BOOK REVIEW – CHRISTOPHER MARLOWE – DOCTOR FAUSTUS. 1606. Routledge Press editions. 1965.
The story of Faustus (or Faust) had been told many times, in the years before Marlowe’s masterpiece of Elizabethan drama, and it would be told many times more, notably by Goethe and Thomas Mann in the centuries to follow.
The plot is straight forward enough. Faustus, a leading German academic, tired of studying the material knowledge offered in the humanities and Divinity studies of academia, starts to seek a more occult arcane knowledge and he is willing to sell his soul to Satan in return for such wisdom.
Two angels, a good angel who beseeches him to stay in the bosom of God, and a bad angel, who encourages him to go ahead with his evil pact, visit Faustus. This is possibly the earliest version of the now clichéd vision of a man torn between two competing states of consciousness. Faustus, though a little troubled by the scale of what he plans to do, nevertheless sells his soul to Satan by signing a contract in his own blood, though even now he is advised that it is not too late to repent and recover his place in Heaven.
Faustus is given a demonic guide, Mr.Mephistopheles, who tells him that he will get just twenty-four years of life and guaranteed riches and near unlimited power. Mephistopheles accompanies Faustus on his various adventures. They even go to Rome and interfere heavily in Catholic, Vatican politics. This was a particularly dangerous piece of writing for Marlowe, at the height of Elizabeth’s Protestant Reformation, and scourge of Catholicism.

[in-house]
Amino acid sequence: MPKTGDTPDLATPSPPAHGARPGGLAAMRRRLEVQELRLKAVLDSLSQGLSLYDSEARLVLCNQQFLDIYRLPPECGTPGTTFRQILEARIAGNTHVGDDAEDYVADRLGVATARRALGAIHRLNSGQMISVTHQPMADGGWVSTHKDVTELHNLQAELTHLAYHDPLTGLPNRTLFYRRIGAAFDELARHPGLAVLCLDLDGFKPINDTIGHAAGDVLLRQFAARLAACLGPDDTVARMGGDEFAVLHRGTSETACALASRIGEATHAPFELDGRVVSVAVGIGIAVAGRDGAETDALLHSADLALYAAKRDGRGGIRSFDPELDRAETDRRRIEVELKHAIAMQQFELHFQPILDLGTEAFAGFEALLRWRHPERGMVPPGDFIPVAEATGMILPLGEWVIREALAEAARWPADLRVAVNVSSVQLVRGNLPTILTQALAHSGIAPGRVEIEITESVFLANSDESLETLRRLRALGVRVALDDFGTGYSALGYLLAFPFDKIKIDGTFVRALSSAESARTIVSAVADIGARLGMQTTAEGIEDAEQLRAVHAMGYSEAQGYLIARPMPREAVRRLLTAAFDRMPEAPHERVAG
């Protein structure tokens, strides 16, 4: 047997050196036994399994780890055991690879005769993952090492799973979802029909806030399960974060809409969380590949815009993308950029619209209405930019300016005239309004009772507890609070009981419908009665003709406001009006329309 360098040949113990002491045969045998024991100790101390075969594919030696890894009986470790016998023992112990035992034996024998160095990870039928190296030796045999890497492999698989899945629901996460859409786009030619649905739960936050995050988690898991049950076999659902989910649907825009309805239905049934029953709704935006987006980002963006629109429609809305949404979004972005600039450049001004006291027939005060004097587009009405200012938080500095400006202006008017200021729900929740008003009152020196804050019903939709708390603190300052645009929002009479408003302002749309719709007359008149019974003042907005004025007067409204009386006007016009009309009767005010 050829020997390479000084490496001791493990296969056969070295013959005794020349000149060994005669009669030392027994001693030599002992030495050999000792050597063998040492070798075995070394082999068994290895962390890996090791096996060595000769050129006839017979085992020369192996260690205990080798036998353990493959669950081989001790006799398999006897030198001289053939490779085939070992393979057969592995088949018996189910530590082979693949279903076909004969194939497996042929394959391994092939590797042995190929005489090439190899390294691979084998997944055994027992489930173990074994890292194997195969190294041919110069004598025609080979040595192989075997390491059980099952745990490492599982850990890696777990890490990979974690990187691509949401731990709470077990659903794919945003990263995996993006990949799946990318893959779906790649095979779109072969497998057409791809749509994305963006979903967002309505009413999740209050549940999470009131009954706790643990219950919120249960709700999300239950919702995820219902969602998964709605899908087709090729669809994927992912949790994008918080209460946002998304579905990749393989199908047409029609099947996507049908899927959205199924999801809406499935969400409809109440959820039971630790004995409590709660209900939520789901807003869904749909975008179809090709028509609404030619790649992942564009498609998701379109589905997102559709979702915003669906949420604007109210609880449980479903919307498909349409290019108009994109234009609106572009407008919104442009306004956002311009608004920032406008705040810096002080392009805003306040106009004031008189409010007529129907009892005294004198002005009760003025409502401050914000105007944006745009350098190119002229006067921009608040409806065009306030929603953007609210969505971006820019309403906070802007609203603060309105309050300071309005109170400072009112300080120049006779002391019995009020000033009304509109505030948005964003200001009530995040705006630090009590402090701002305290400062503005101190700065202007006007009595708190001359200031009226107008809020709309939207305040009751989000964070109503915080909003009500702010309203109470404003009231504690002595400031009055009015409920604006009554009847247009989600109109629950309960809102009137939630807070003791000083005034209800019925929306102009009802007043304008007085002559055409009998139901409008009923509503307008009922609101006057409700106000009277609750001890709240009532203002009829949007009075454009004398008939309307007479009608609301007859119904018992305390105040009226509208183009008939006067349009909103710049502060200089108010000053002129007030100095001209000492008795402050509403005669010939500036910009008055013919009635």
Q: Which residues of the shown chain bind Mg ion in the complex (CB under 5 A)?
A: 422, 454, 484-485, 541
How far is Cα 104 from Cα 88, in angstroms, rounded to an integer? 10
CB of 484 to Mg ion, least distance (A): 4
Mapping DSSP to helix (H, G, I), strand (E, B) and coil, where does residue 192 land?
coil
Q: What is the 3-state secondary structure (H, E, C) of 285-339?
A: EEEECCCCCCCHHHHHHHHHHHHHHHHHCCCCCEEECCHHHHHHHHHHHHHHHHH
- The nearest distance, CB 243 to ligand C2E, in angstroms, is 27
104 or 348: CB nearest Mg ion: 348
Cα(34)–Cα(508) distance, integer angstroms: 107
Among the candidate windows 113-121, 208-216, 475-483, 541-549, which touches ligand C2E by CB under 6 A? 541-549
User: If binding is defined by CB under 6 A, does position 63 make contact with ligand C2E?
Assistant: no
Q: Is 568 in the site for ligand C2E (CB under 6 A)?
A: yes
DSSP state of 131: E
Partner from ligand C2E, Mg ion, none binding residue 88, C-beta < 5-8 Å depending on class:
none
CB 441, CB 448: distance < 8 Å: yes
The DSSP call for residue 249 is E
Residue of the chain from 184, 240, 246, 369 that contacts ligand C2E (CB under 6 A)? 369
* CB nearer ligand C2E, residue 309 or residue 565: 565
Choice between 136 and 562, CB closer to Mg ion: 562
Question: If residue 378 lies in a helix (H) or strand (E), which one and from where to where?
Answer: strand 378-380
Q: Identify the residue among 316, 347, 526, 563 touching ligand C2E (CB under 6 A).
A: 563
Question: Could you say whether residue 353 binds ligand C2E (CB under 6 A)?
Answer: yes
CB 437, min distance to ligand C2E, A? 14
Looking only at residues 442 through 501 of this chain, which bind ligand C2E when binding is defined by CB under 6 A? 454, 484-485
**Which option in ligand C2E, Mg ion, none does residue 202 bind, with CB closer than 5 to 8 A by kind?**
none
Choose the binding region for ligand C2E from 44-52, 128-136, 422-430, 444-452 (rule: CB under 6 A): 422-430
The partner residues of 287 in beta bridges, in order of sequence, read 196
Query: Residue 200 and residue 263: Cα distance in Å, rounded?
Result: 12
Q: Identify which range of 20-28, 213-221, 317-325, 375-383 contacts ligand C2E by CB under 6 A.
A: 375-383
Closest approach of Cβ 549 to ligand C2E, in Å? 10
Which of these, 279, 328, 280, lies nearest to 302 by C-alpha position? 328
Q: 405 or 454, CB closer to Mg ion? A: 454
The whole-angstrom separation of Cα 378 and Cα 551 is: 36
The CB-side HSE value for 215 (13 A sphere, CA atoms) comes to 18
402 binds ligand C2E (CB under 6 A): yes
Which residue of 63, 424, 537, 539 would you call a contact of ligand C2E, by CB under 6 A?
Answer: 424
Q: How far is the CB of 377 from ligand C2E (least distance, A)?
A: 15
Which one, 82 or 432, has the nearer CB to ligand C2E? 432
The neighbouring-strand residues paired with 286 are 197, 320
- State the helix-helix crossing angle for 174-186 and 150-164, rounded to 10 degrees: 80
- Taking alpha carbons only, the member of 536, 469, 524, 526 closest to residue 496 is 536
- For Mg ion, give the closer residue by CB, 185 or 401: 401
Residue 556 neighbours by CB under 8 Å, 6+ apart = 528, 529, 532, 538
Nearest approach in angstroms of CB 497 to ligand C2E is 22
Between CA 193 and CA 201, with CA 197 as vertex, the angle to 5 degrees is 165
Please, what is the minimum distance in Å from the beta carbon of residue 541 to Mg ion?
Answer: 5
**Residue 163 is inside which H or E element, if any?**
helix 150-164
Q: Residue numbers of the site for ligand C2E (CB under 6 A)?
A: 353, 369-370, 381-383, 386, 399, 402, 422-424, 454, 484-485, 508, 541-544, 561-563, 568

Various agents of Heaven and Hell visit Faustus. He sees a parade of the incarnations of each of the seven deadly sins, from Pride to Lust. He also uses his demonic powers and indestructibility to mess with people’s heads. Having his own head and leg severed by killers, he regains them and carries on regardless in his antics. He sells a horse to a farmer, advising him not to let it cross a river. When the farmer disregards this, the horse turns into a bale of hay in midstream, plunging the man into the water.
All too soon, the twenty-four years end, and Faustus meets his now inevitable nemesis. He is given a terrifying vision of the Hell awaiting him. He enjoys a final pleasure – sexual congress with Helen Of troy, or some demonic incarnation in her form, and then he is destroyed. A great story, moving from horror to high comedy and back again, and showing Marlowe’s own irreverence for authority and learning throughout. It is no wonder that the work spawned so many later versions. Arthur Chappell
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